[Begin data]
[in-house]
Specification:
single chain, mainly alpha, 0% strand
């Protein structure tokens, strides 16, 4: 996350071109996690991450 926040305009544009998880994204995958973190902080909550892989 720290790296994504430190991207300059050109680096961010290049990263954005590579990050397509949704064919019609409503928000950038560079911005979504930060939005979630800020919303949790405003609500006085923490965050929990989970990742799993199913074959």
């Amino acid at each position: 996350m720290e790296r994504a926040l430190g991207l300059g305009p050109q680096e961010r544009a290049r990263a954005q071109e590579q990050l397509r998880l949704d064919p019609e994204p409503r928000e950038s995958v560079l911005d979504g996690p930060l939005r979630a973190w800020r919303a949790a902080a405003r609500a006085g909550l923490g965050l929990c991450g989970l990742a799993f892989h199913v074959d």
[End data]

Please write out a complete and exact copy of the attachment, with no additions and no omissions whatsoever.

[in-house]
Specification:
single chain, mainly alpha, 0% strand
């Protein structure tokens, strides 16, 4: 996350071109996690991450 926040305009544009998880994204995958973190902080909550892989 720290790296994504430190991207300059050109680096961010290049990263954005590579990050397509949704064919019609409503928000950038560079911005979504930060939005979630800020919303949790405003609500006085923490965050929990989970990742799993199913074959």
């Amino acid at each position: 996350m720290e790296r994504a926040l430190g991207l300059g305009p050109q680096e961010r544009a290049r990263a954005q071109e590579q990050l397509r998880l949704d064919p019609e994204p409503r928000e950038s995958v560079l911005d979504g996690p930060l939005r979630a973190w800020r919303a949790a902080a405003r609500a006085g909550l923490g965050l929990c991450g989970l990742a799993f892989h199913v074959d």